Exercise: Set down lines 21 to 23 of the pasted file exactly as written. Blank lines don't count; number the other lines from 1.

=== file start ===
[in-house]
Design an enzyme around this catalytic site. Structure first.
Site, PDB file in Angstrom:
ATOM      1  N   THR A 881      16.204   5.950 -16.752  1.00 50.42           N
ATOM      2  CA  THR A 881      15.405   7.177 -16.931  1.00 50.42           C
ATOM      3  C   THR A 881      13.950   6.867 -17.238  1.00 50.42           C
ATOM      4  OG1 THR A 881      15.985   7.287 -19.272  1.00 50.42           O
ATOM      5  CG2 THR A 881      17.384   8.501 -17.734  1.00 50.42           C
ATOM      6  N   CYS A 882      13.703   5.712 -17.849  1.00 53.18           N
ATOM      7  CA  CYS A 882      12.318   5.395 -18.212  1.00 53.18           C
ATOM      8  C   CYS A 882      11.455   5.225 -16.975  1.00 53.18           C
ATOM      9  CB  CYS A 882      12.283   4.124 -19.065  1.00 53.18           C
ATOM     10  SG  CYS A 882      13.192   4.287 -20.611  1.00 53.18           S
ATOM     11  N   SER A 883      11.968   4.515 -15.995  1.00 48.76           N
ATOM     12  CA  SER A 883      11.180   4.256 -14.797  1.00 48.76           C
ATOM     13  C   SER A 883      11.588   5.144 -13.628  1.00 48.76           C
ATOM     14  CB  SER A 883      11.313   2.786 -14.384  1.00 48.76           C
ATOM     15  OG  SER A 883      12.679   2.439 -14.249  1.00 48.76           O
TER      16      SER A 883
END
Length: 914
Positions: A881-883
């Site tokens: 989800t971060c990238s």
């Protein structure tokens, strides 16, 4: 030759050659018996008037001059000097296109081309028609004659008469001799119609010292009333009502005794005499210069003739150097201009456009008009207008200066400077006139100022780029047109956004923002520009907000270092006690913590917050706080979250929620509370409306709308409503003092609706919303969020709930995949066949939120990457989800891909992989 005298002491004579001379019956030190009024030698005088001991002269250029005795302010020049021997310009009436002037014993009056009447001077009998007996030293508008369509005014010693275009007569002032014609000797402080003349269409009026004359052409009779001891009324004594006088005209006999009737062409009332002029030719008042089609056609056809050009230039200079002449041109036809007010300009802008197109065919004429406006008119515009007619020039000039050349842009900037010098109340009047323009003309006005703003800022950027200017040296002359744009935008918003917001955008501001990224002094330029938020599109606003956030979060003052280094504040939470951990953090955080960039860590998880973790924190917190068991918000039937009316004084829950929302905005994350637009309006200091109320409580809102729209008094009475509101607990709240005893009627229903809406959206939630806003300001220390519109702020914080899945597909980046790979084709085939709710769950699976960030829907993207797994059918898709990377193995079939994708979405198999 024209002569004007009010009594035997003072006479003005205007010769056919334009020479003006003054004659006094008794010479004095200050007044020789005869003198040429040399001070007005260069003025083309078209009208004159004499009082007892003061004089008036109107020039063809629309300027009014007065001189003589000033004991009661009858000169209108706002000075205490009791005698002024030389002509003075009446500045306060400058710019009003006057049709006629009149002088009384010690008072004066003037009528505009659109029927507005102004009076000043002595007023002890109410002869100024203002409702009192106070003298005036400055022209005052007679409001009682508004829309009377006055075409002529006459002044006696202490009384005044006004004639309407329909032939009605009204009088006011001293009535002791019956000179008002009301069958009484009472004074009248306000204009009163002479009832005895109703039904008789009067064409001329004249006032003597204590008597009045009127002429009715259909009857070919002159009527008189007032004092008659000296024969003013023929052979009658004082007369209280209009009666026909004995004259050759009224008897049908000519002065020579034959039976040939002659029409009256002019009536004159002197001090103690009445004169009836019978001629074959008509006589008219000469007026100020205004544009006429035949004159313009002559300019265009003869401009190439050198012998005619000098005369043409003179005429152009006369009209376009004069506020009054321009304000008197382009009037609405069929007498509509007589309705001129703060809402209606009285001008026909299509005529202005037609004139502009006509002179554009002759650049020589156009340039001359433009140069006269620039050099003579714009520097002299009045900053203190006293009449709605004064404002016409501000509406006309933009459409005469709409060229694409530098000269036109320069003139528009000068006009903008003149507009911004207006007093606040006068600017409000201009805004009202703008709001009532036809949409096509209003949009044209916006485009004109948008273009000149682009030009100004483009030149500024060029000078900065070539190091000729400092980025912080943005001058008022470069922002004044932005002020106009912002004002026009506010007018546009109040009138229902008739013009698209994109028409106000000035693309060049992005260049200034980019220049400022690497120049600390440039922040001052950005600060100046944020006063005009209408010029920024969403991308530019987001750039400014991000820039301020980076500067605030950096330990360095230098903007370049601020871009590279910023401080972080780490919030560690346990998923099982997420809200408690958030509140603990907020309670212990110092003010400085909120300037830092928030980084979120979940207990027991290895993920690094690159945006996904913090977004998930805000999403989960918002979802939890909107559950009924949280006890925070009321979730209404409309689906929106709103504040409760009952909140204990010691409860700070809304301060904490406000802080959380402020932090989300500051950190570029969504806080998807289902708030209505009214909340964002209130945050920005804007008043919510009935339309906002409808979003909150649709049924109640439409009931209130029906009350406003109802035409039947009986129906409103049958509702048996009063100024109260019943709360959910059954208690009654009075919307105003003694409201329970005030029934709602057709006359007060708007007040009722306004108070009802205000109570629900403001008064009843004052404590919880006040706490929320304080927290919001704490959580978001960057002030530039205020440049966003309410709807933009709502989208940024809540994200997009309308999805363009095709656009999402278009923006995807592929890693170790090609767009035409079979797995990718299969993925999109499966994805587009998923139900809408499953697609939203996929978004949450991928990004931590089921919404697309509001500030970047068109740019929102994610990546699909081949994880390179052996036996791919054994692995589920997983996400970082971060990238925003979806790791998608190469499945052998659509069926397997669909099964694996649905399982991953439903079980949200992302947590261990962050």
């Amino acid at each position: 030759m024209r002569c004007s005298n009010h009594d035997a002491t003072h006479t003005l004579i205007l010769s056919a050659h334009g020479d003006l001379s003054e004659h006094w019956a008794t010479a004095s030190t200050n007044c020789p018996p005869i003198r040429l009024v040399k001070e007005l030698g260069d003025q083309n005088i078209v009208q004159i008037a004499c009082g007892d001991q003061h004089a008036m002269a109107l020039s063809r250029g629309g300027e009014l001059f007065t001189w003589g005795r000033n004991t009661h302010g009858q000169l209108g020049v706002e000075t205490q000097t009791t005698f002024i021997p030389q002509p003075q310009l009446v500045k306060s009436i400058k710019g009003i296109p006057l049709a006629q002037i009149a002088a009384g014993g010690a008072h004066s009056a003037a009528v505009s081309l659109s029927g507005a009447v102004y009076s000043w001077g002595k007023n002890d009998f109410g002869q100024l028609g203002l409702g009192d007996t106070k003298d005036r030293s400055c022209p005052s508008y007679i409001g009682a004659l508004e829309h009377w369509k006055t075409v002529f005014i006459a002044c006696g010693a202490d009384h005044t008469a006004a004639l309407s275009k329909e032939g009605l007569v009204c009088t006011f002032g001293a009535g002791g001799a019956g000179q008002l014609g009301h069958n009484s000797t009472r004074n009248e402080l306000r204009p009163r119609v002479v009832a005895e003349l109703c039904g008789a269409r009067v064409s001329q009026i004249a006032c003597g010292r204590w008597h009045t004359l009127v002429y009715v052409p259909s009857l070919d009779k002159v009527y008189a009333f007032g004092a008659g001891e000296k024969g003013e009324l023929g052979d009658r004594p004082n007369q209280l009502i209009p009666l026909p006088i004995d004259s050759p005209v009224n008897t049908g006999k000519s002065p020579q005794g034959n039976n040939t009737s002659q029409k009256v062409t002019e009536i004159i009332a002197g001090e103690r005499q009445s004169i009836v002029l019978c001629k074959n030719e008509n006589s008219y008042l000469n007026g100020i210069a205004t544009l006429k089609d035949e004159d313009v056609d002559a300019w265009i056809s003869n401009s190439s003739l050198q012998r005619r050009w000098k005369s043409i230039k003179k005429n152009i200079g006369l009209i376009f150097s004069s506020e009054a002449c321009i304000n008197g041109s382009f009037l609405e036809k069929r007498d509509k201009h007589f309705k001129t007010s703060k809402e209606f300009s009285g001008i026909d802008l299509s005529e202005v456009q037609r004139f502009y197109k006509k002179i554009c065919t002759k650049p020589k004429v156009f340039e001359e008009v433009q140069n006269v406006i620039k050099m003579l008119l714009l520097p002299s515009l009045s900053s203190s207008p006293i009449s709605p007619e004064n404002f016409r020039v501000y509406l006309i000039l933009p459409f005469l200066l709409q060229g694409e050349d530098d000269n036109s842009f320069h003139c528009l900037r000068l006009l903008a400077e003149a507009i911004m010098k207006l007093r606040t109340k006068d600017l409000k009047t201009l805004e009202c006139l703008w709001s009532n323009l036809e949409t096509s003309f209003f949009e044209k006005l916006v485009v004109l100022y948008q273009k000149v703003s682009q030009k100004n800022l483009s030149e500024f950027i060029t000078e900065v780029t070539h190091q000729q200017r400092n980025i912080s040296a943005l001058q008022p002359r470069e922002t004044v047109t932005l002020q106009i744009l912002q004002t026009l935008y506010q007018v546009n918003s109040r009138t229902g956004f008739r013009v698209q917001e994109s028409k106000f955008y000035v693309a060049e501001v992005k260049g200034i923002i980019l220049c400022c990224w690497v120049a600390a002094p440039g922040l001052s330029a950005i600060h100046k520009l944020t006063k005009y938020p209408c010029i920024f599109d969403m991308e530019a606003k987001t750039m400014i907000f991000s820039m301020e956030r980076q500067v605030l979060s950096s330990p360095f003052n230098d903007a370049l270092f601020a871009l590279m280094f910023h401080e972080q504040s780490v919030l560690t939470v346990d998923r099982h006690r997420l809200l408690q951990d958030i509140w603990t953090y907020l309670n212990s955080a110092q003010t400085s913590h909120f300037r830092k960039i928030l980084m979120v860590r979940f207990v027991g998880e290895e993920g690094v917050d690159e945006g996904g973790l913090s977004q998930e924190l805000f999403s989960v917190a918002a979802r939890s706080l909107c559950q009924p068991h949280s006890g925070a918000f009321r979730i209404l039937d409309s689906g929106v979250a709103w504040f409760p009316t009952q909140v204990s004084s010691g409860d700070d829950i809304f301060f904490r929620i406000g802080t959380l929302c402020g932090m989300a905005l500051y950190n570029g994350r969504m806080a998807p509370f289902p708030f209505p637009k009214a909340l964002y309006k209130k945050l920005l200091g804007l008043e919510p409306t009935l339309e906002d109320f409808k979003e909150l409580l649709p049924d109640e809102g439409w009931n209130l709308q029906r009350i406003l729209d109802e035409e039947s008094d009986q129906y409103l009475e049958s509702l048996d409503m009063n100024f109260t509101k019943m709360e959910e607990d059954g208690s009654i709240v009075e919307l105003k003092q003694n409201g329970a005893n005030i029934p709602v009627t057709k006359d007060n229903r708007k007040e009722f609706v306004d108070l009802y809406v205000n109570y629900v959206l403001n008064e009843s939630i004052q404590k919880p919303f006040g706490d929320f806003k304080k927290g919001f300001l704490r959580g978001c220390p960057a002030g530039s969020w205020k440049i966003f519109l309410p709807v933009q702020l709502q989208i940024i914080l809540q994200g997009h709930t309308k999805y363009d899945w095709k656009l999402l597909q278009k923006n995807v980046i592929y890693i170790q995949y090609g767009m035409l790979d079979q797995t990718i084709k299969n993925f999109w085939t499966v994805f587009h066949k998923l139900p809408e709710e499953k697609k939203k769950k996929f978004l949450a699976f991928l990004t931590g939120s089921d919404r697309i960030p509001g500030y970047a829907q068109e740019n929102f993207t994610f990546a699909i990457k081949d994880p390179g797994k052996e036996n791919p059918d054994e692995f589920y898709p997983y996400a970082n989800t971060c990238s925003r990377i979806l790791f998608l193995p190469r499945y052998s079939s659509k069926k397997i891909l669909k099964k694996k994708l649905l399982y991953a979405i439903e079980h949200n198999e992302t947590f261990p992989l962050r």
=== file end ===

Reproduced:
Length: 914
Positions: A881-883
């Site tokens: 989800t971060c990238s």